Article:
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Updated 02 October 2015

Beware of dehydration this summer

Dehydration is the loss of water and salts essential for body functions, which occurs when more liquids and salts are lost than taken in. Here's all you need to know about dehydration.

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Dehydration is the loss of water and salts essential for body functions, which occurs when more liquids and salts are lost than taken in.

Many things can cause dehydration: feverish illness, medical treatment with diuretics, high external temperatures and inadequate water consumption.

Diarrhoea, vomiting, excessive loss of liquids through sweating or urination, and inadequate water consumption are also possible causes of dehydration.

The very young and very old most at risk


Those most at risk from dehydration are the very young (less than one year old) and the elderly, those with chronic disorders, anyone with a fever and people who live in hot and humid climates.

Dehydration caused by diarrhoea is a cause of infant death. Illnesses involving diarrhoea are cholera, typhoid fever, salmonella and E. Coli infection, amongst others. It is quite possible for a small child to become severely dehydrated within a matter of hours.

General weakness prevents children from compensating for excessive loss of water and in adults over 60 a low level of sensitivity to the thirst stimulus could lead to dehydration.

Risk higher in hot climates


The risk of dehydration is higher in hot, humid and excessively dry climates.

Symptoms of dehydration


The symptoms of slight dehydration are thirst, dry mouth, dark urine, difficulty in concentration and slight headache.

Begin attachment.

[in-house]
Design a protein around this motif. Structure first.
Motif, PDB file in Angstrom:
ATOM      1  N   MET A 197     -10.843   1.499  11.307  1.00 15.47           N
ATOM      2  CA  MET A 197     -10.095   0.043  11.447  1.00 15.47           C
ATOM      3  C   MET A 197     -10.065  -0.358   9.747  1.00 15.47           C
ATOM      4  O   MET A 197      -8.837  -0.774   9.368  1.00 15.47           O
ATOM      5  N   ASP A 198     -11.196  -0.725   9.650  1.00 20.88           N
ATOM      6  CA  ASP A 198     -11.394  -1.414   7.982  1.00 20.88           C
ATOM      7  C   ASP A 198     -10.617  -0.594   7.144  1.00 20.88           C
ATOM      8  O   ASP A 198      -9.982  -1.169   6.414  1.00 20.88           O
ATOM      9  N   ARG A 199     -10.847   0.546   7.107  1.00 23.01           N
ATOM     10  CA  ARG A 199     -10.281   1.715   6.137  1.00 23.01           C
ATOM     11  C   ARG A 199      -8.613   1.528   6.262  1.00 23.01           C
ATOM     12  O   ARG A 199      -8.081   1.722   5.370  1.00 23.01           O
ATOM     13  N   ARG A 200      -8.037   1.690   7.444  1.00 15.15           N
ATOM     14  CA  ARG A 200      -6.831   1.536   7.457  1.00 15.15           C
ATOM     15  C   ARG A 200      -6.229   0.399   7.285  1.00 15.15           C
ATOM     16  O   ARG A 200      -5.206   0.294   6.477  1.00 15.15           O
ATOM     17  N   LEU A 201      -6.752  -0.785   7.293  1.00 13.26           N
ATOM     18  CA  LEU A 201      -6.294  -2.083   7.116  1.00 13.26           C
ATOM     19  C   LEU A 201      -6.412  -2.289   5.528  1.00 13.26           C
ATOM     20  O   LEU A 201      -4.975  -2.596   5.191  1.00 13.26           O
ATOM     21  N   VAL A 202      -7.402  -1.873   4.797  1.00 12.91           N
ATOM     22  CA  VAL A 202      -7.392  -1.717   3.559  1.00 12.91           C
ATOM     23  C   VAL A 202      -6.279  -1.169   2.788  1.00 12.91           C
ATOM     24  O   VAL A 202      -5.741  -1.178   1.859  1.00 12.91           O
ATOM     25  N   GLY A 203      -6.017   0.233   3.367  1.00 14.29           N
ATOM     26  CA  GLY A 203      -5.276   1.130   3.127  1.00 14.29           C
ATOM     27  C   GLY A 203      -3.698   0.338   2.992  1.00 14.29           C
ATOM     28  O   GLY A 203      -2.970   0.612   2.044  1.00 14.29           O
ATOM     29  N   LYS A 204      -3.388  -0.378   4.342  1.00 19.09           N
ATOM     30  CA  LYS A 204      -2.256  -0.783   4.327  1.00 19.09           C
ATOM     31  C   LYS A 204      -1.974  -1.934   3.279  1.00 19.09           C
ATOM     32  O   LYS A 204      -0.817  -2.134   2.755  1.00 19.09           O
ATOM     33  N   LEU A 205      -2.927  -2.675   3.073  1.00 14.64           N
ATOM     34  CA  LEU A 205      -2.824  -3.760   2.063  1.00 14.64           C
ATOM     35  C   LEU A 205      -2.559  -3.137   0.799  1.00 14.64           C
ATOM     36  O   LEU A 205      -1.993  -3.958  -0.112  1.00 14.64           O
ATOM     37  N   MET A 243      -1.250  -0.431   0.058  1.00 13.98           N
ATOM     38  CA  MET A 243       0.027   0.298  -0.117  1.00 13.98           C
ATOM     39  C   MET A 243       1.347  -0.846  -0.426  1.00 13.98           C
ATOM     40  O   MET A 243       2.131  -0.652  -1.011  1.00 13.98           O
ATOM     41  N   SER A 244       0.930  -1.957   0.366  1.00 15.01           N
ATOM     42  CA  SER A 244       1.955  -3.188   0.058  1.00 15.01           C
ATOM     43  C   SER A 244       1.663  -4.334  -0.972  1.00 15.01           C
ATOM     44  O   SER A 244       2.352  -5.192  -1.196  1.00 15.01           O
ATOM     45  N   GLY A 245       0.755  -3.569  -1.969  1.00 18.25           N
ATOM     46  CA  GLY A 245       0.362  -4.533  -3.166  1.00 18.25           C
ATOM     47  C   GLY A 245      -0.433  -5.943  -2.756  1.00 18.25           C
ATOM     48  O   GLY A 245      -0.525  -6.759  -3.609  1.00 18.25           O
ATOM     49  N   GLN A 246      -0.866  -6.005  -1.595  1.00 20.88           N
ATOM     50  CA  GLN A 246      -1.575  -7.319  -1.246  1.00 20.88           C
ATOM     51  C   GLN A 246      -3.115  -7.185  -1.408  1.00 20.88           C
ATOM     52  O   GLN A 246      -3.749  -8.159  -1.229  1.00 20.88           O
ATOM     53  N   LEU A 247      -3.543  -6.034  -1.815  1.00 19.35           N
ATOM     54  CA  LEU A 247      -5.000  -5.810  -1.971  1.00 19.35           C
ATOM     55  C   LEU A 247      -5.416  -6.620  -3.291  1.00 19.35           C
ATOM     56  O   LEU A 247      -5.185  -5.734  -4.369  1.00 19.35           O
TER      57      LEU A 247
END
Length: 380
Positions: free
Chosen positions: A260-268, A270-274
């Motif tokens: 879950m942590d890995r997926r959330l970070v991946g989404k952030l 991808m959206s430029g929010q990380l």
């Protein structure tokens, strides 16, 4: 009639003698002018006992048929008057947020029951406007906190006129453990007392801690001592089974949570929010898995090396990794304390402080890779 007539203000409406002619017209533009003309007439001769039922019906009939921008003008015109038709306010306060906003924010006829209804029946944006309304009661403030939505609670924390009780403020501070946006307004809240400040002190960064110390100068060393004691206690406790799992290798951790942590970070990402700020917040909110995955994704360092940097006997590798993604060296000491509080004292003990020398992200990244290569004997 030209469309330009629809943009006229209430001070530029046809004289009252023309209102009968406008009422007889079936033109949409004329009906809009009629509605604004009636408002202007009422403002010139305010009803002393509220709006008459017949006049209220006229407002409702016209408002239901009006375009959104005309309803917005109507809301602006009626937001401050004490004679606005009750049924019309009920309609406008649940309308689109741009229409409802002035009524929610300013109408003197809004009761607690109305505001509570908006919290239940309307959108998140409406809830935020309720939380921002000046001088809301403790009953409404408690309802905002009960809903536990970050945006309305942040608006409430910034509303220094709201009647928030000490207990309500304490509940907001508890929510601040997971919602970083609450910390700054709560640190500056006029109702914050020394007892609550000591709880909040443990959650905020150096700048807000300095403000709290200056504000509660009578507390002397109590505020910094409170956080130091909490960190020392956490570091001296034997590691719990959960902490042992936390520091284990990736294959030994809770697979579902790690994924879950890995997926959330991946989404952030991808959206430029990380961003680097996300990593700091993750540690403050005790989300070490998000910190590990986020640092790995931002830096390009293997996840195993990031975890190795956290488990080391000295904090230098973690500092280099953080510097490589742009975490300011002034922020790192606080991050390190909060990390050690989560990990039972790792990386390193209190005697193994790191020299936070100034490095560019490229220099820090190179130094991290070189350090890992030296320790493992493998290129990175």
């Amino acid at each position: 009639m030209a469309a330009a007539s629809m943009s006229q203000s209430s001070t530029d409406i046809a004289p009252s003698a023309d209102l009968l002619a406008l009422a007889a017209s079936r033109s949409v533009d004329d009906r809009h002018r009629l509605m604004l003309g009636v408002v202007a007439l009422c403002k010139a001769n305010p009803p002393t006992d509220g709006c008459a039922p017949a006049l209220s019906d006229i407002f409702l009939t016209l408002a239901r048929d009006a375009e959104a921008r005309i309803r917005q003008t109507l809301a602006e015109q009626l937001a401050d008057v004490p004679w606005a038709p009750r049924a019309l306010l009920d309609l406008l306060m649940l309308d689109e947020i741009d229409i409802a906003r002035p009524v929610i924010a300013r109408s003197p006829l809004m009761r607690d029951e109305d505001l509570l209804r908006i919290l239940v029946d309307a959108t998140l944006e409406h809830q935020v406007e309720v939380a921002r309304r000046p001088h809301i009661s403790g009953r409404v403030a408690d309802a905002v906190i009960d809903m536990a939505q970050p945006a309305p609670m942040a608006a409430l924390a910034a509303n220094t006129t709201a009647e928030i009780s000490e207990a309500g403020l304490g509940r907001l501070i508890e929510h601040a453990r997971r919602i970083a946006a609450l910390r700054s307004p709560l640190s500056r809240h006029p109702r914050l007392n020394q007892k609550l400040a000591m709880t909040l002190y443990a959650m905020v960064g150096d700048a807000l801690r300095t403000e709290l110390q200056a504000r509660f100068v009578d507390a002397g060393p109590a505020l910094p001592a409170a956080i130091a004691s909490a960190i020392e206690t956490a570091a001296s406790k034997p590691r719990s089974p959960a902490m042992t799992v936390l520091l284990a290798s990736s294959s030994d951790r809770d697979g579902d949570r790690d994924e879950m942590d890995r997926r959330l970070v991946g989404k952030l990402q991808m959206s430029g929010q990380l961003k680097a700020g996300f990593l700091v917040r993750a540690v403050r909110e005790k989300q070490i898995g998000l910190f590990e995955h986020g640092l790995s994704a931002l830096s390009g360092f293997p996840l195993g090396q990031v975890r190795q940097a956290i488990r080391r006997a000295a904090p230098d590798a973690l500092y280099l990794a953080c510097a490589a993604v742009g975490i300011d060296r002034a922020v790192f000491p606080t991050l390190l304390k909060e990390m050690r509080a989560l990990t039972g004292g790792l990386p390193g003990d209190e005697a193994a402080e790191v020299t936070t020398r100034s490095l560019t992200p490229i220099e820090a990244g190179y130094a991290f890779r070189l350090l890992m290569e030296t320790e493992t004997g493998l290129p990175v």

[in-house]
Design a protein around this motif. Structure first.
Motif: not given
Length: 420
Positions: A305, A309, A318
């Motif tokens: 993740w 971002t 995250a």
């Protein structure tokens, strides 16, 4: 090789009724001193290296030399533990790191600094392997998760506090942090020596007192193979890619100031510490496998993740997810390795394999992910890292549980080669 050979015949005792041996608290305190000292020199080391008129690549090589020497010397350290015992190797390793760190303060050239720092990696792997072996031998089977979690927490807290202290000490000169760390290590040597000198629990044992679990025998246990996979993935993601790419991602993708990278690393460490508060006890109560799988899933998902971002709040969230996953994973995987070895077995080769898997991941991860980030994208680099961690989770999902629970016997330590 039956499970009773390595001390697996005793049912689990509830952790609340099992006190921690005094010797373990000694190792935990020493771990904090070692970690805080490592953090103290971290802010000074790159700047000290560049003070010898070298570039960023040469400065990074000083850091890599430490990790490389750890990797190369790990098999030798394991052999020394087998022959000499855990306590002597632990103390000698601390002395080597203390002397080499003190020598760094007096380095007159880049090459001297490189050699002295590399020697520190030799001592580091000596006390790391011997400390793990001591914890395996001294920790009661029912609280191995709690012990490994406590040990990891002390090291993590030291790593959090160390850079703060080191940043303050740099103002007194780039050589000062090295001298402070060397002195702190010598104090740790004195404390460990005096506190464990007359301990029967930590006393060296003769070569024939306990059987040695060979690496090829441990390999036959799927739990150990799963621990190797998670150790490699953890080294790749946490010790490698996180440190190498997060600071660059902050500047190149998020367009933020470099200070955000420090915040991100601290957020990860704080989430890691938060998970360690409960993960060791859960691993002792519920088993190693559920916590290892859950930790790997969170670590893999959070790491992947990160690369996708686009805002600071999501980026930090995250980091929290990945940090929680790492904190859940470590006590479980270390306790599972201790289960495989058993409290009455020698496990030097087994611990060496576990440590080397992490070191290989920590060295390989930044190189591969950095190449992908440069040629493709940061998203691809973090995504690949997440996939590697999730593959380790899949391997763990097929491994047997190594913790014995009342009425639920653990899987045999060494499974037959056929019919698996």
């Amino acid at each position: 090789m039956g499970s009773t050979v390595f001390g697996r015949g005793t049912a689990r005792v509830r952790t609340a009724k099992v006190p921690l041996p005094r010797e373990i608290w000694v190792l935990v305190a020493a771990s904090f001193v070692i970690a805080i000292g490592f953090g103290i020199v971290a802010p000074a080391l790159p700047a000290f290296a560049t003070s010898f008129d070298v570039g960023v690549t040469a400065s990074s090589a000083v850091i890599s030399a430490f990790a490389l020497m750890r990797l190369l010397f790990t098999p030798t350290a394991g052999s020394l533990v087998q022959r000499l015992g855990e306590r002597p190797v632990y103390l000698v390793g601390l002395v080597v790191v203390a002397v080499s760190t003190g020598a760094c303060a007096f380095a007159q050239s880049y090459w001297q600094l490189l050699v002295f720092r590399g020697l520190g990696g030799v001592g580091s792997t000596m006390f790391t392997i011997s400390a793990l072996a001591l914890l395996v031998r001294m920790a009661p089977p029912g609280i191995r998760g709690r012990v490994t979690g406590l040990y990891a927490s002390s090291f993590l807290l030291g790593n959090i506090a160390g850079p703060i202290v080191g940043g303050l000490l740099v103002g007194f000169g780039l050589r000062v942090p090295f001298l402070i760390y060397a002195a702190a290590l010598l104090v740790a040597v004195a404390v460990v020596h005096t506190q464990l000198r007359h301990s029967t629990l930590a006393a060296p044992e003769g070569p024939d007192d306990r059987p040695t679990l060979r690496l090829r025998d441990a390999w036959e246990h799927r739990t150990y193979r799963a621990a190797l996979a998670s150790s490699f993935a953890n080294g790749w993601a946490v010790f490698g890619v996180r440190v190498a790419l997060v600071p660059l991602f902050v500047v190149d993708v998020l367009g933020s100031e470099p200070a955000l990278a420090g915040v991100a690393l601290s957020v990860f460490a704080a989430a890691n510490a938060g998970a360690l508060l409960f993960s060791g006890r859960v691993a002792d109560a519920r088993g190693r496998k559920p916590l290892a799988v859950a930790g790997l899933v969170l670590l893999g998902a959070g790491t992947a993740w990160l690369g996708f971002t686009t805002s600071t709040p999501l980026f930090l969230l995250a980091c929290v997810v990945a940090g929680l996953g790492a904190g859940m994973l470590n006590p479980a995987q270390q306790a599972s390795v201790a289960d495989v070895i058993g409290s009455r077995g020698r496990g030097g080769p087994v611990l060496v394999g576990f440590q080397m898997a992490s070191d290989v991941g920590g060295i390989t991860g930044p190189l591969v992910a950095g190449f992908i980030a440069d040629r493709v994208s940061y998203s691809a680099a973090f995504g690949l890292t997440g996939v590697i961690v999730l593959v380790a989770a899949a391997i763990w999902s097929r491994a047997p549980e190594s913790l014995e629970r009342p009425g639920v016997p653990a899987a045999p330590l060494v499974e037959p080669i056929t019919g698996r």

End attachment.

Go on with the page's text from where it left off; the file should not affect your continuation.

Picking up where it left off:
The symptoms of moderate dehydration are slightly more severe, though. These include flushing in the face, intensive thirst, dry, hot skin, small amounts of dark-coloured urine, dizziness which worsens when the person stands up, general weakness, cramps in the arms and legs, irritability or sleepiness, discomfort, headache, a dry and furry mouth, dry tongue, cracked lips and dense saliva.

Symptoms of moderate to severe dehydration are hypotension, muscle contractions in the arms, legs, stomach and back, lethargy or convulsions, uneven heartbeat, swollen stomach, sunken eyes, wrinkled skin, weak or racing pulse and quick, deep breathing.

The symptoms of severe dehydration may be anuria (no urination for six hours) and the inability to drink water. Severe dehydration requires hospitalisation and intravenous therapy. Medical treatment is needed immediately in order to avoid kidney failure.

A doctor must be called when:

  • A baby is less than three months old and has a temperature of over 38 degrees Celsius;
  • A baby is more than three months old and has a temperature of over 39 degrees Celsius;
  • There is a reduction in the amount of urine that is passed;
  • There is a worsening of the signs and symptoms of dehydration;
  • The person appears apathetic, dizzy and has other neurological signs and symptoms;
  • There is a loss of more than 1.3kg in one day or 2.3kg in one week in a person using diuretics.


- (World Health Organisation, updated February 2014)

 
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